Latin America

Civil war priest massacre case prompts reflection in El Salvador

Criminal proceedings into the infamous 1989 Jesuit massacre have been reopened, sparking hope that El Salvador could finally achieve some form of post-war transitional justice

People take part in a protest to commemorate the 30th anniversary of the signing of the peace accords that ended El Salvador Civil War, in San Salvador, El Salvador. Photo: Jose Cabezas/Reuters via Alamy
People take part in a protest to commemorate the 30th anniversary of the signing of the peace accords that ended El Salvador Civil War, in San Salvador, El Salvador. Photo: Jose Cabezas/Reuters via Alamy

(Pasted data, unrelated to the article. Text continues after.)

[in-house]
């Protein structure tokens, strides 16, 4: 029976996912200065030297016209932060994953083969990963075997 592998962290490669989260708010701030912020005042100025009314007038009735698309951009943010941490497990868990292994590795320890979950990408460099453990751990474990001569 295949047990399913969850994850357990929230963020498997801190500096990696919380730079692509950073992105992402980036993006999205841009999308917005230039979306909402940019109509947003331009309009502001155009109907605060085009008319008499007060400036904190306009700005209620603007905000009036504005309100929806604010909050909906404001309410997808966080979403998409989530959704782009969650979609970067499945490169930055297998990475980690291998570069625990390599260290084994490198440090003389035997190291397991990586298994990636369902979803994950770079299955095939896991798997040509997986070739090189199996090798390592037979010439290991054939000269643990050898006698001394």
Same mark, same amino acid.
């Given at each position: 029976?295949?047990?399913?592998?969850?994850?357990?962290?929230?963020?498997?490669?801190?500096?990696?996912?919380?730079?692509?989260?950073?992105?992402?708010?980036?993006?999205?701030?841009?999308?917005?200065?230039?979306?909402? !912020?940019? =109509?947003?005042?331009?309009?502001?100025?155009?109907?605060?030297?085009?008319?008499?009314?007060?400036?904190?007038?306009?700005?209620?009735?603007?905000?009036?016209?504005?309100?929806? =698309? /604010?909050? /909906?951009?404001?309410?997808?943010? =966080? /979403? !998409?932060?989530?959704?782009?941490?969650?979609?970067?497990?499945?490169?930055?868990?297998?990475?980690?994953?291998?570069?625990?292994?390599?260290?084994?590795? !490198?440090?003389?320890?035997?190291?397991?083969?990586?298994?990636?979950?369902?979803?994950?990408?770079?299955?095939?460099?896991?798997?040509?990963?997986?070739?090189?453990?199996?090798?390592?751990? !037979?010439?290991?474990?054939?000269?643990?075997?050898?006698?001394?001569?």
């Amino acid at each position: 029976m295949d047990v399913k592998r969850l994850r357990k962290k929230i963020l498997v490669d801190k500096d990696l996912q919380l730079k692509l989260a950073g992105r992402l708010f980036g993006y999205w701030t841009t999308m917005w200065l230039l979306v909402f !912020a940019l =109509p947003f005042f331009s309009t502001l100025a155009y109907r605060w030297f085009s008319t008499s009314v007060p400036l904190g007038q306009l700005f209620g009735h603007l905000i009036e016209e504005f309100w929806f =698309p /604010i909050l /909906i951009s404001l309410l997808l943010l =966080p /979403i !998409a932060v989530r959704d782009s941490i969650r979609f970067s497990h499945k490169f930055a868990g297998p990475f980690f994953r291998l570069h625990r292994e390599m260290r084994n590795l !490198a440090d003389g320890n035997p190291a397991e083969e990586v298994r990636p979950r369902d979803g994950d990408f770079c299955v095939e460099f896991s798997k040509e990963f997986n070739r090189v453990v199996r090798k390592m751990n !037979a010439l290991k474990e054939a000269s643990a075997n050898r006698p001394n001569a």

Last week, the Catholic Church beatified two priests from El Salvador who were victims of massacres during the country’s 1979-1992 civil war. The conflict resulted in at least 75,000 deaths and left more than 12,000 missing, leaving open social and economic wounds still open today.

From the outside looking in, El Salvador appears to be a forward-thinking country, becoming the world’s first state to accept Bitcoin as an official currency, electing its youngest president in history, and becoming one of the most exciting destinations for foreign investment. But these civil war scars remain, particularly with regard to a...

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